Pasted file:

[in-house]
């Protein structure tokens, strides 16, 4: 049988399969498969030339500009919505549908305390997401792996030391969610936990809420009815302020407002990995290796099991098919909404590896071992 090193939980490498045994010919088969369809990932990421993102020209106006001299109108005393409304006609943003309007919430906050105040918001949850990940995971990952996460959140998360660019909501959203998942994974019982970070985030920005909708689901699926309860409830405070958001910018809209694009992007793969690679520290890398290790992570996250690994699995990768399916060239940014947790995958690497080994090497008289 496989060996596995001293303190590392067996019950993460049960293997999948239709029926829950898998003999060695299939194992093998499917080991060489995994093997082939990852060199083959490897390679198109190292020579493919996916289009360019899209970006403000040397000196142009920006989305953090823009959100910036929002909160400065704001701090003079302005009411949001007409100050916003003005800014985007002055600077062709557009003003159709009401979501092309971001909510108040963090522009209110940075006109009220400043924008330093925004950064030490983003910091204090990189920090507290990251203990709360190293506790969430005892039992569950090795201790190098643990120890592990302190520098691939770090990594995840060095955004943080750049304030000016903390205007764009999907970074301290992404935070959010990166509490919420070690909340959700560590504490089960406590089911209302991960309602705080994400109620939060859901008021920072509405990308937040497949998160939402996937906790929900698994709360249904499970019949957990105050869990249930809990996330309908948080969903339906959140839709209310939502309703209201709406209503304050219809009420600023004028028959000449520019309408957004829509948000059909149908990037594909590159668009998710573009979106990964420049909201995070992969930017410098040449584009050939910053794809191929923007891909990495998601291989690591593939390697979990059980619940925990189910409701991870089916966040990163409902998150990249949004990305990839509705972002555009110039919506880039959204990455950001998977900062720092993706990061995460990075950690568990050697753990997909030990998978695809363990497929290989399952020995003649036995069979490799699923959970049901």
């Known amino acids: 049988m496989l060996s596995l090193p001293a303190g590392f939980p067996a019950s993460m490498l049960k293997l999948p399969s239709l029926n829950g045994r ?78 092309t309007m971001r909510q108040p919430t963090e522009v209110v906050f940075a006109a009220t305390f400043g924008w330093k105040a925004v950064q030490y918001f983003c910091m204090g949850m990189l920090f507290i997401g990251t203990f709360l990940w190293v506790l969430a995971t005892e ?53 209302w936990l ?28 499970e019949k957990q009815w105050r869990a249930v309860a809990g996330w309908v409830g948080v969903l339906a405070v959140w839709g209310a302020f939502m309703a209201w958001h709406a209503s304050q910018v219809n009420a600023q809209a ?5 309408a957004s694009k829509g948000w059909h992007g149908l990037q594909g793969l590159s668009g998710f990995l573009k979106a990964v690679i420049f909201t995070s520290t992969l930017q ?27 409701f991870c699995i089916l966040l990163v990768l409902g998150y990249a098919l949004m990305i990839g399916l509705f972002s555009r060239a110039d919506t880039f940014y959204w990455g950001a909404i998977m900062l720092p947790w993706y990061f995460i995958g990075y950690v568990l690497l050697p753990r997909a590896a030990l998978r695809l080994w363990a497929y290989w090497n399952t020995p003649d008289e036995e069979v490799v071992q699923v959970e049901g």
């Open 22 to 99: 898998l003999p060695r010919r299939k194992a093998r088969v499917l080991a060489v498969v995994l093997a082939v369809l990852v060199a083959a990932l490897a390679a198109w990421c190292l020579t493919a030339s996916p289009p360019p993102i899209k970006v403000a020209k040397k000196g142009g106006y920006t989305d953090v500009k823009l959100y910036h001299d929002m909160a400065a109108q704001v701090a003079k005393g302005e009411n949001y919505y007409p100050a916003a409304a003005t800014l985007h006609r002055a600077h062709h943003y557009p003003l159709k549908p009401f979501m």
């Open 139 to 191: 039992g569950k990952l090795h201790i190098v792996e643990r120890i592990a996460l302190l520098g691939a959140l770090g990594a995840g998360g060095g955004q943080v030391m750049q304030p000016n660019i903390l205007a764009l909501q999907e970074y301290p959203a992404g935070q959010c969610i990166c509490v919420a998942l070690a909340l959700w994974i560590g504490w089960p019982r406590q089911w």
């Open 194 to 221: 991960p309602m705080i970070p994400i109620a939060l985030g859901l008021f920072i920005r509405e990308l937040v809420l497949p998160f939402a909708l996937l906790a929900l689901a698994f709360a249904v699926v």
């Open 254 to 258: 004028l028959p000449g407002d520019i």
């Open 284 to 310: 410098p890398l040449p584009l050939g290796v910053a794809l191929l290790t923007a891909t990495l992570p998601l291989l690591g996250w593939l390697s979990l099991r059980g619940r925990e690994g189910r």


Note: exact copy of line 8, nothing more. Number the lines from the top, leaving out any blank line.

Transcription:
């Open 284 to 310: 410098p890398l040449p584009l050939g290796v910053a794809l191929l290790t923007a891909t990495l992570p998601l291989l690591g996250w593939l390697s979990l099991r059980g619940r925990e690994g189910r």